Once the ground thaws and soil can be worked, you can:
~ Rake up debri such sticks, leaves, dead grass, etc.
~ Apply a 1/4 inch layer of compost to the soil surface. Particulalry important for lawns with poor soil conditions.
~ Apply lime (do a quick pH test to be sure). Use calcidic (calcium rich) lime for best results.
~ Apply slow release organic fertilizer, such as Organica Step 1
~ Apply grass seed to fill any bare areas before the weeds do
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In the garden
~ Walk through your gardens and inspect for damage and broken branches on trees and shrubs by snow loads. Some repairs can be made and some branches may need to be removed. Consult us for more information, photos can be helpful, but print them out on large paper so we can see them better.
~ Look at your plants and the ground for signs of animal damage. Apply repellents for moles & voles and deer as needed. Deer are usually most hungry this time of the year.
~ Cut back grasses & soft tissue perennials. Both should be cut as close to the ground as possible. This removes all the dead tissue killed by the winter cold. Hand pruners works well for smaller plants and bigger thicker plants such as grasses may require electric or gas powered hedge trimmers. See here for quick “how to” on cutting back grasses.
~ Cut back woody perennials such as Catmint, Russian Sage, Montauk Daisies, Agastache, and others. They should be cut back hard but you can leave several inches of last years woody stems. Try leaving the giving the stems a rounded shape. This will ensure when the plant begins growing, the dead tissue is removed and it will grow back with a nice even rounded shape.
~ Rose bushes (not climbers), Butterfly Bushes, Caryopteris can be cut back hard (usually 18-24″ from the ground) in a rounded shape.�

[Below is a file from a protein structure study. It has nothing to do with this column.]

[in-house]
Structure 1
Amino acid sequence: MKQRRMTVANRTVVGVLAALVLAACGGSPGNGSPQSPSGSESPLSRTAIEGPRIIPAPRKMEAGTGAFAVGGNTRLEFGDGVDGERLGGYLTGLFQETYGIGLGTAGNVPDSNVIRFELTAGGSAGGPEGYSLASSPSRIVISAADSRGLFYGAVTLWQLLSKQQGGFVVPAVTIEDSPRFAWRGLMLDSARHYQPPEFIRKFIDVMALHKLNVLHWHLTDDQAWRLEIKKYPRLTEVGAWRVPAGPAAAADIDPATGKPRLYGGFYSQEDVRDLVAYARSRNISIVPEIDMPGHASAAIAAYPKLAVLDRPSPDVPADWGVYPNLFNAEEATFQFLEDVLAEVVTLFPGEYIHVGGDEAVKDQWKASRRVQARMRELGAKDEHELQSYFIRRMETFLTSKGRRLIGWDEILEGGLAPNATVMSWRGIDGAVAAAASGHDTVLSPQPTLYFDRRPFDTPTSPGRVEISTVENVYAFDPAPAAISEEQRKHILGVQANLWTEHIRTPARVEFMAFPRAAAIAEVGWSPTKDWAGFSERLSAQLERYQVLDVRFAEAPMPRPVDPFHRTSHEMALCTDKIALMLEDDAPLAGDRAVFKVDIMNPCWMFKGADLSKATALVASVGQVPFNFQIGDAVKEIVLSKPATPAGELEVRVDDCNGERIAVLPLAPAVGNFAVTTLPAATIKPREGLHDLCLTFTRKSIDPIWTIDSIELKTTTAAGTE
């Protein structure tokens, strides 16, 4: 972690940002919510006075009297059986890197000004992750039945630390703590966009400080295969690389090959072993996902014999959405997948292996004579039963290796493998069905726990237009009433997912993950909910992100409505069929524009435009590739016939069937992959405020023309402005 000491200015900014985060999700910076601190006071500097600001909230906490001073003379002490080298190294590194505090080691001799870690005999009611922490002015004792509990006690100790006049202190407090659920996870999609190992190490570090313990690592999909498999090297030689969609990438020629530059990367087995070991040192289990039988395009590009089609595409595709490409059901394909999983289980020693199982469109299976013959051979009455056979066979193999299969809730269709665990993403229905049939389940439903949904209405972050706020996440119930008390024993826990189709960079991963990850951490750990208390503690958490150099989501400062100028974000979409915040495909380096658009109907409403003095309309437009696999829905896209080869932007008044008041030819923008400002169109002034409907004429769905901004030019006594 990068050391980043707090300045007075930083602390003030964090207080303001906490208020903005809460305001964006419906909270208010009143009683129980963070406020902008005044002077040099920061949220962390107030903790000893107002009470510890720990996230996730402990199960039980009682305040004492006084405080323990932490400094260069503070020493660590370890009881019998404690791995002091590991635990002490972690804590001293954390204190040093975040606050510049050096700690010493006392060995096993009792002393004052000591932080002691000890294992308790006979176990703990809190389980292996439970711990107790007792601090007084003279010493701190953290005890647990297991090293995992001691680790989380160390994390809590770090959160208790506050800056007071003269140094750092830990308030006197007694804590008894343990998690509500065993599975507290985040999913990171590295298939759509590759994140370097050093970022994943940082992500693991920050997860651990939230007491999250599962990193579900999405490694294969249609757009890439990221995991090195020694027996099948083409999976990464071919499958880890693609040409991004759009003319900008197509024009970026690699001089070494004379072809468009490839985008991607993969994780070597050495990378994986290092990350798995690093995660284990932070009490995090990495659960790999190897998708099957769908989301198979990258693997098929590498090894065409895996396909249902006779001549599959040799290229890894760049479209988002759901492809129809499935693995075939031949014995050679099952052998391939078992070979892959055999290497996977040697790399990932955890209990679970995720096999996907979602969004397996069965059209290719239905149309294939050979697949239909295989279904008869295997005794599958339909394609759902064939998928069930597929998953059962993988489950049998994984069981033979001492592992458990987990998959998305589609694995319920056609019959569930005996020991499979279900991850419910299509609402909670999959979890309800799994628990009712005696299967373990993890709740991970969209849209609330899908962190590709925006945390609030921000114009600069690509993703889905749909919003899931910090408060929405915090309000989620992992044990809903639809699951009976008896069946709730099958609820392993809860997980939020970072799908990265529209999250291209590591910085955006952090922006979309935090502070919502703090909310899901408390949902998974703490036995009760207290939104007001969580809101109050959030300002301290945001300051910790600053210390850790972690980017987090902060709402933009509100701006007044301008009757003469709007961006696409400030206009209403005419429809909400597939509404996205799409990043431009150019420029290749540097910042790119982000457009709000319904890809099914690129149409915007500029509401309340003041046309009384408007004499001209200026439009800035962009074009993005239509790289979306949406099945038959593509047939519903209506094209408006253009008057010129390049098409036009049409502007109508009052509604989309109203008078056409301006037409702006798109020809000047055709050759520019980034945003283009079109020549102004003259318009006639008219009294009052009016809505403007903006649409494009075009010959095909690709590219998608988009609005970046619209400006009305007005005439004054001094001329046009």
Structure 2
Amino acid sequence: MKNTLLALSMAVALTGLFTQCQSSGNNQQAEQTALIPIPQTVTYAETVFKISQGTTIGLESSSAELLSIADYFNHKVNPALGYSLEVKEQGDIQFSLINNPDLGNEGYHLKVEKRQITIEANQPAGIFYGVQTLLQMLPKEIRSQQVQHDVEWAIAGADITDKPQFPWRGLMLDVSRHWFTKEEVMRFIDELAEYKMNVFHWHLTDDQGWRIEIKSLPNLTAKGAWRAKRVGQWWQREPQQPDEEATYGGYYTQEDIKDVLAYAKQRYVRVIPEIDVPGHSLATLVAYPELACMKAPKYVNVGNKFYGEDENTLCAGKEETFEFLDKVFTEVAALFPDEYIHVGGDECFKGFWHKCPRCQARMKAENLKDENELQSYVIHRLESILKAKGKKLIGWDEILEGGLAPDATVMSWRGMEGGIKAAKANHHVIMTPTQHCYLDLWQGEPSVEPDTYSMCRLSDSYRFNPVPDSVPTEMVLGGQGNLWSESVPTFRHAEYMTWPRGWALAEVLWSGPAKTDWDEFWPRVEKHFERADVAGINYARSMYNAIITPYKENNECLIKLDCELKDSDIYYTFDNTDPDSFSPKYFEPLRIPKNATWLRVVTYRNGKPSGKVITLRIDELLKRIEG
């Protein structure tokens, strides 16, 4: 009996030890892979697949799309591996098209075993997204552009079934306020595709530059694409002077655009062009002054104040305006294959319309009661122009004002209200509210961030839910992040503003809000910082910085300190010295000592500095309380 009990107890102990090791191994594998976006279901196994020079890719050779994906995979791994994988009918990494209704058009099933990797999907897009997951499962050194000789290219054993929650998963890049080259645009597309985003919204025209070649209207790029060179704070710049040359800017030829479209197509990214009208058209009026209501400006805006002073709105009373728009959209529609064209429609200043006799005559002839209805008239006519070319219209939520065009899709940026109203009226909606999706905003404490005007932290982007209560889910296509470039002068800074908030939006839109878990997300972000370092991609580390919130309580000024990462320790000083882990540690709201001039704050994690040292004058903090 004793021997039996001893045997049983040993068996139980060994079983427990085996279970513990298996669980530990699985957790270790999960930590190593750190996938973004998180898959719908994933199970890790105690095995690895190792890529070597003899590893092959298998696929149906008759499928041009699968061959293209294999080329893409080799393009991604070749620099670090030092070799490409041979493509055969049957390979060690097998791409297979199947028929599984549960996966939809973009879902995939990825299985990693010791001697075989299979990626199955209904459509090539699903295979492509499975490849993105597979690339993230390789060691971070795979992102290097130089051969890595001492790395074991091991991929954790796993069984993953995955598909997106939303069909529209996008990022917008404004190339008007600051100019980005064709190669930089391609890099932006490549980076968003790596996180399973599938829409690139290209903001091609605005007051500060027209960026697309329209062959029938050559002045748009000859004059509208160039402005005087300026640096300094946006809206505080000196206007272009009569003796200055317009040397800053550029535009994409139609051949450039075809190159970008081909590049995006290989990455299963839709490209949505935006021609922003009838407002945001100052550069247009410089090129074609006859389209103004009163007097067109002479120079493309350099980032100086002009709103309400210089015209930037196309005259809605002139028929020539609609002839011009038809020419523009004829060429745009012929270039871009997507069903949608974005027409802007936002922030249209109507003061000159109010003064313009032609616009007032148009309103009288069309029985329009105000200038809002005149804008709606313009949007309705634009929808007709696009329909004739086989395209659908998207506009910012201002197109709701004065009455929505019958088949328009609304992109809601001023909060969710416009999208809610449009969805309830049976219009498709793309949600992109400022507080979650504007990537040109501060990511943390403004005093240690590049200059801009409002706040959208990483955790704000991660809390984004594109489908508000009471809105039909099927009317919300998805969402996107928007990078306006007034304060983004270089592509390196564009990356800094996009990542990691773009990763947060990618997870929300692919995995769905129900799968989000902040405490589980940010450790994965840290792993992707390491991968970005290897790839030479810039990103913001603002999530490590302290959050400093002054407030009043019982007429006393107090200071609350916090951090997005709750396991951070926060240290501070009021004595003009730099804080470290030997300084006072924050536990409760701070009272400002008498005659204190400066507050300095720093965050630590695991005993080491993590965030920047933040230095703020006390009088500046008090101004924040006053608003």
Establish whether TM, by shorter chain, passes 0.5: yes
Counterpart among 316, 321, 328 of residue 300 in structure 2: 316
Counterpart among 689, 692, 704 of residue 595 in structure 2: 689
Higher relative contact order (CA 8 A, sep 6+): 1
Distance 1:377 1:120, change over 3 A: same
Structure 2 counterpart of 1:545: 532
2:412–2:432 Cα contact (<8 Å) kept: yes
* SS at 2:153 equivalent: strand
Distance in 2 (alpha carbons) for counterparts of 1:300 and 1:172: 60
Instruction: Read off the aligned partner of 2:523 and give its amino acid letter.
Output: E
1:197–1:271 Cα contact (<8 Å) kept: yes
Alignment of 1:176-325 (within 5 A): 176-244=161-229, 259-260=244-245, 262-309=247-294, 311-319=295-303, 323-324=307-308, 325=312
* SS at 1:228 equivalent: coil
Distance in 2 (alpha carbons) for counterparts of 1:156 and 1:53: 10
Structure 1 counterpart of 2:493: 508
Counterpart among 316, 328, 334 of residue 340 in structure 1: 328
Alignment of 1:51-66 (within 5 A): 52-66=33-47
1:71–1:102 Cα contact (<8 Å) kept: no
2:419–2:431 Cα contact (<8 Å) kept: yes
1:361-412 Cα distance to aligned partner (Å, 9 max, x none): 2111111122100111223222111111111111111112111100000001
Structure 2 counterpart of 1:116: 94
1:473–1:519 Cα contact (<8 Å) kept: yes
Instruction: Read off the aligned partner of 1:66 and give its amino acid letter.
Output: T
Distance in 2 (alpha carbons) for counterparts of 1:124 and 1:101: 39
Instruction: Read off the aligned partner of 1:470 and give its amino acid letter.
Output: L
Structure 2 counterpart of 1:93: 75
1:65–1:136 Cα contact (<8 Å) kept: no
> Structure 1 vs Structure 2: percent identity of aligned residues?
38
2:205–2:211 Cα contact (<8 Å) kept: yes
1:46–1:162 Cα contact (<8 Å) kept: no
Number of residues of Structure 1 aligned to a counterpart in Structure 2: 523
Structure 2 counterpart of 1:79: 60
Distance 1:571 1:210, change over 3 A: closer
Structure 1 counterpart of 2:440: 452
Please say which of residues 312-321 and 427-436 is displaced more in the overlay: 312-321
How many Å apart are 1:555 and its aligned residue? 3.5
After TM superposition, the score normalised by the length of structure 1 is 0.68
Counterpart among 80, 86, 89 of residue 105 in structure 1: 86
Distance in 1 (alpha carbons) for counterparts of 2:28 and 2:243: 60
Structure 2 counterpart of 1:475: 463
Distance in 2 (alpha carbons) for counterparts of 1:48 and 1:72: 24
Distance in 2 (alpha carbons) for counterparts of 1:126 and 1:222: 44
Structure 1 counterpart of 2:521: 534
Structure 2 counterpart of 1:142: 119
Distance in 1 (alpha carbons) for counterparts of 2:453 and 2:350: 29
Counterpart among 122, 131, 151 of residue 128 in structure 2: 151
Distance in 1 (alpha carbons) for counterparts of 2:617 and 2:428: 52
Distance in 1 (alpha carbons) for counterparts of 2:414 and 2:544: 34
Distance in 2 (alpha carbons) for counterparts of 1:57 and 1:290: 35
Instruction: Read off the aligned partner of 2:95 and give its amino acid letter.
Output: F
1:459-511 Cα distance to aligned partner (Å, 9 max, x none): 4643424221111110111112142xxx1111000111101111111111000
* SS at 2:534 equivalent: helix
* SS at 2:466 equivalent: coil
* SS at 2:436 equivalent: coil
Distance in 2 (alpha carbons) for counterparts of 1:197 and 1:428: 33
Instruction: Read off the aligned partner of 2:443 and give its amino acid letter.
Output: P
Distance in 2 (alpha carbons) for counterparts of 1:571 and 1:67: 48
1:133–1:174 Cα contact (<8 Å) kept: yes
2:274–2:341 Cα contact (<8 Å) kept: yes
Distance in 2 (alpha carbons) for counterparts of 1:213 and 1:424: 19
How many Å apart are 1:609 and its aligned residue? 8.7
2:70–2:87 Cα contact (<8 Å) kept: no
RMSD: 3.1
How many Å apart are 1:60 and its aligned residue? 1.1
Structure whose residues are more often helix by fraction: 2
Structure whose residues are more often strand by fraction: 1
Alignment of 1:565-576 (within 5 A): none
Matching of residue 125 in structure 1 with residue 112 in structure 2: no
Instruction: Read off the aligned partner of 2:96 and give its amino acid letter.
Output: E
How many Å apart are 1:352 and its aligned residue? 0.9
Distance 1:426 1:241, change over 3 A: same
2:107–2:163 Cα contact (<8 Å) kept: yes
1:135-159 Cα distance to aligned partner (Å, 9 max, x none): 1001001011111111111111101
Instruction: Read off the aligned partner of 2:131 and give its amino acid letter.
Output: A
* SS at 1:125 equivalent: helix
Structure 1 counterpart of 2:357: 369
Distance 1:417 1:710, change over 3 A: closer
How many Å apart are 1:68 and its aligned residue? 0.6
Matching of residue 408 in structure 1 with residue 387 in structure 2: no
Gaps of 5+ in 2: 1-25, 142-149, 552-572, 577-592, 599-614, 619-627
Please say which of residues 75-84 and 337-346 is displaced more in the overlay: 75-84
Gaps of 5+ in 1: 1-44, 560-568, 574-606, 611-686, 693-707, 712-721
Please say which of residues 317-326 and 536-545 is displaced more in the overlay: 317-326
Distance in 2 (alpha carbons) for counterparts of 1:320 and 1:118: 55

~ Transplant overgrown trees, shrubs and later flowering perennials while they are still dormant. Most transplanting can be done in early spring, but avoid early spring flowering plants, unless you are willing to sacrifice the flowers for this season.
~ Weed & rake gardens.
~ Edge gardens along grass lines with an edger tool. Nice deep edges keep the lawn from running into the garden and improves aesthetics by giving garden edges clean crisp lines.
~Apply a pre-emergent such corn gluten or our new bio-degradable weed fabric to help prevent weeds.
~ Mulch all gardens. It is easier to mulch gardens before perennials start popping up and weeds start germinating. If any weeds have germinated or wintered in the garden remove them first, even the small ones, becuase they will pop through the mulch. Dark organic mulch is best for growing healthy plants.
~ After a long winter, plant much needed color! Pansies, Osteospemum, Nemesia and others thrive in cool weather. Watch the weather forcats, if the temps dip below 32 degrees, cover them with a blanket just bring in containers at night.
~ Add compost or manure to the vegetable garden to renew nutrients.
~ Make a plan for your garden, most seed packages have loads of information about timing and spacing.
~ Cold season crops such as lettuce, spinach, peas and more can be planted or seeded directly into the garden. Some warm season veggies such as tomatos, cukes and peppers can be started indoors to get a jump start on spring. Again consult the seed packages for timing.